Heavy snowfall and strong winds threaten the East Coast
BOSTON (AP) — A powerful northeast swept across the eastern seaboard on Saturday, threatening to bury parts of 10 states in deep, raging snow accompanied by coastal flooding and high winds that could knock out power and send shivers down the spine. people in cold weather should follow.
Philadelphia, New York and Boston — the latter under blizzard warning and predicting up to 2 feet of snow — were all in the storm’s path. Airlines have canceled more than 3,000 flights at some of the country’s busiest airports. Amtrak has suspended or limited service on the Boston-Washington corridor.
Officials from Virginia to Maine have warned people to stay off the roads in potential whiteout conditions.
Rhode Island, which was under a blizzard warning, banned all non-emergency road travel starting at 8 a.m.
“This is serious. We’re ready for this storm, and we need the Rhode Islanders to be ready as well,” Gov. Dan McKee said. “The best way to handle this storm is to stay home tomorrow.”
Delaware allowed only essential personnel to drive in two of its three counties starting Friday night. Massachusetts, where forecasters said some isolated pockets could receive up to 30 inches of snow, banned heavy trucks from interstate highways for most of Saturday.
Shoppers packed stores Friday to stock up on food and buy generators and snowblowers ahead of the northeast, a type of storm so named because its winds typically blow from the northeast as it rattles the East Coast.
Many New Englanders took the forecast with joy and were even looking forward to the storm, given its weekend timing.
Marc Rudkowski, 28, bought French bread and wine on Friday at the Star Market in Cambridge, Mass., along with balloons and toys for his dog, who turned 1 on Friday.
“He’s going to love it,” Rudkowski said. “It’s a snow dog.”
Merrick McCormack was calm as he unloaded his groceries at a supermarket in Warwick, Rhode Island.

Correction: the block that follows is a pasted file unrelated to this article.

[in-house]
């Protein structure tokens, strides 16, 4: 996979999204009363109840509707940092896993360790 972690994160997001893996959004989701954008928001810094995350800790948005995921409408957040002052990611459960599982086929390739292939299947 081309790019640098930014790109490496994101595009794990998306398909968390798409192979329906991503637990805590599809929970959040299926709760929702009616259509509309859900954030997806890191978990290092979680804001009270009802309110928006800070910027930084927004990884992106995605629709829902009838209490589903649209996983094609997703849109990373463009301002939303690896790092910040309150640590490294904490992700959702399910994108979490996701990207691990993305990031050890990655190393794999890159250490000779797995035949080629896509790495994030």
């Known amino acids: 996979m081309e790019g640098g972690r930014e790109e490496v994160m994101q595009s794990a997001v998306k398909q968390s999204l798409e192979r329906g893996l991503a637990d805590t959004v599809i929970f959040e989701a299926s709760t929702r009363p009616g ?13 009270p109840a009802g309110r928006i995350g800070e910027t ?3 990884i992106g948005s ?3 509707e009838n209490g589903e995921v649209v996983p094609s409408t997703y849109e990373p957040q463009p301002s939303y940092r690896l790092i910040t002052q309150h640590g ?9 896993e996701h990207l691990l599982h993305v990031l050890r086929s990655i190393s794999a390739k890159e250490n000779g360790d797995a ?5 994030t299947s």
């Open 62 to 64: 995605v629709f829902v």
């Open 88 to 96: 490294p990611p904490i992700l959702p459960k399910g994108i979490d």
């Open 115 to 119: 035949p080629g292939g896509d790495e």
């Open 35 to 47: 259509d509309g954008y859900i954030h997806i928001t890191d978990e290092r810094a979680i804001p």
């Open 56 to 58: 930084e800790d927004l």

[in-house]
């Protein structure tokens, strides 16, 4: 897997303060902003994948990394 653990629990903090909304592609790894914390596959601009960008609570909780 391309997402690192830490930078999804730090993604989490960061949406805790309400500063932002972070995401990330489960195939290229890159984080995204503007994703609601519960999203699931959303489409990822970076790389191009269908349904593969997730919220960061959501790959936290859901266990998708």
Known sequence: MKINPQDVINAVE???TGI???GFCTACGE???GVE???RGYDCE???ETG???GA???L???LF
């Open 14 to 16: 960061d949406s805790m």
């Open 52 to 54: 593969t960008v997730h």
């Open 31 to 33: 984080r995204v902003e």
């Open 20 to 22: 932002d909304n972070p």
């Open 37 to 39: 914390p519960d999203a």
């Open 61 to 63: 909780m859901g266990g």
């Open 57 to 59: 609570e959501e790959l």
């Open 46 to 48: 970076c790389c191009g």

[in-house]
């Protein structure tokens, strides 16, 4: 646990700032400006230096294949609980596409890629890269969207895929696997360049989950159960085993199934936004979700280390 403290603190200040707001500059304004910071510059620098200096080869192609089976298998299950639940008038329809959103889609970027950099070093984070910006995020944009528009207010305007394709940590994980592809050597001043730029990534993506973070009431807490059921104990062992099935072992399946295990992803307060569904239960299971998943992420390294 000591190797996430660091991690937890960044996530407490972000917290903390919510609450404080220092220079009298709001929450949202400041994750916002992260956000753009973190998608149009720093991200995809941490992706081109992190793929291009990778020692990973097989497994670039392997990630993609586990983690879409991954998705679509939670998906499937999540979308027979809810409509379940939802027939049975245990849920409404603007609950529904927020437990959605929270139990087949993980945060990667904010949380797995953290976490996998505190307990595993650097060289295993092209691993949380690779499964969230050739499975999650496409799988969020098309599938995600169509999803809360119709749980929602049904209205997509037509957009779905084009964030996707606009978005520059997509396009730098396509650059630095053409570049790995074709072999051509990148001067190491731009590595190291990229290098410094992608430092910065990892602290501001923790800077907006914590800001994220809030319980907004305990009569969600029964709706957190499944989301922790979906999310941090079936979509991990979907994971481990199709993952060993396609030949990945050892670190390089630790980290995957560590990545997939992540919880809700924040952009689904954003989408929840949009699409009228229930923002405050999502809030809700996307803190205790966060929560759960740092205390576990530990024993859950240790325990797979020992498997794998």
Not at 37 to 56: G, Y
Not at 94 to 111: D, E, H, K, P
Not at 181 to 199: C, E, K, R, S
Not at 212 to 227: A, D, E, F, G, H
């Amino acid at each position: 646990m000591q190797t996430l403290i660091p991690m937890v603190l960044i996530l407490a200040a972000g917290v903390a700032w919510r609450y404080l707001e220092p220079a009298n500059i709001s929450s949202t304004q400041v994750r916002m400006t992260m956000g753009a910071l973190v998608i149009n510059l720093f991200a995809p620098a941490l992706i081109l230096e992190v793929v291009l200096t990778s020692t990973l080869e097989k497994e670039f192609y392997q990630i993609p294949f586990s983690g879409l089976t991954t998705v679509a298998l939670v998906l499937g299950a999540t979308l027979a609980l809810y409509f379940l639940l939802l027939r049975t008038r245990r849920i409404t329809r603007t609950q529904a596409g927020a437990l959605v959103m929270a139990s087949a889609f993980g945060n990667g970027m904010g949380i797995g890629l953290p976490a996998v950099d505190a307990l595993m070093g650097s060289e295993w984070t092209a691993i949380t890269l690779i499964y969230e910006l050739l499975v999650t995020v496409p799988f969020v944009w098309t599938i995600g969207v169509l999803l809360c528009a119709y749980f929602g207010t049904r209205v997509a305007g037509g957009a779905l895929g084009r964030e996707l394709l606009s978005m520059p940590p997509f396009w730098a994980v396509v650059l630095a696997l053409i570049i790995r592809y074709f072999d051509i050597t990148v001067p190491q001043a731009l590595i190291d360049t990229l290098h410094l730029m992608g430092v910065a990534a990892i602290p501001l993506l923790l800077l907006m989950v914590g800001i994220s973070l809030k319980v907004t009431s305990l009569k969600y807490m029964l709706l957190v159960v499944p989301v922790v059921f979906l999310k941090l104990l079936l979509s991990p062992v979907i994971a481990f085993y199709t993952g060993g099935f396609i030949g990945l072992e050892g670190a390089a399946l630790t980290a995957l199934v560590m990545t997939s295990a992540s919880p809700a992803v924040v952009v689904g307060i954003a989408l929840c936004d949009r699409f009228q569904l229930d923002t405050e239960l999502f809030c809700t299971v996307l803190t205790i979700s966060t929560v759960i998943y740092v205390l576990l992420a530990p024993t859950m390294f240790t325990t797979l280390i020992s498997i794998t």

“I don’t care about storms. I know that in a few days we will be free and clear. No need to panic,” said McCormack, 51, of Cranston.
But there were some concerns about hoarding amid ongoing supply chain issues caused by the pandemic. New England supermarket giant Stop & Shop has pleaded with customers to exercise restraint.
“We’re asking shoppers to buy what they need and save some for their neighbors,” the chain said in a statement.
Parts of 10 states were under blizzard warning: Maine, New Hampshire, Massachusetts, Rhode Island, Connecticut, New York, New Jersey, Delaware, Maryland and Virginia. Areas closest to the coast were expected to bear the brunt of the storm, which could bring wind gusts of up to 70 mph (113 km/h) to New England.
The Jersey Shore is expected to receive up to 18 inches (46 centimeters) of snow and eastern Long Island up to 17 inches (43 centimeters). Philadelphia, New York and parts of the Delmarva Peninsula in Delaware, Maryland and Virginia could get 10 inches (25 centimeters) or more.
Virginia, where a blizzard this month stranded hundreds of motorists for hours on Interstate 95, didn’t hesitate to get resources at hand. In Maryland, the governor has mobilized the national guard.
Washington and Baltimore were expected to be spared the worst snowfall, with just 1 to 3 inches (2.5 to 8 centimeters) and 5 inches (13 centimeters), respectively.
Snow could be falling as fast as 5 inches per hour in places including Connecticut, where officials feared they would have enough snowplow operators amid shortages caused by the coronavirus pandemic and other issues.
The worst of the storm was expected to blow Sunday morning over Canada, where several provinces were under warning.
A saving grace, at least in parts of Massachusetts: The snow is expected to fall light and fluffy as it arrives with cold weather that’s drying it out, said Judah Cohen, winter storm expert for trade firm Atmospheric Environmental Research.
That means ugly snowballs – and snow that’s less capable of breaking tree branches and bringing down power lines.
Associated Press writer Jeff McMillan of Scranton, Pennsylvania, contributed to this report; Steve LeBlanc in Cambridge, Mass.; William J. Kole in Warwick, Rhode Island; David Klepper in Providence, Rhode Island; and Sarah Brumfield in Washington.
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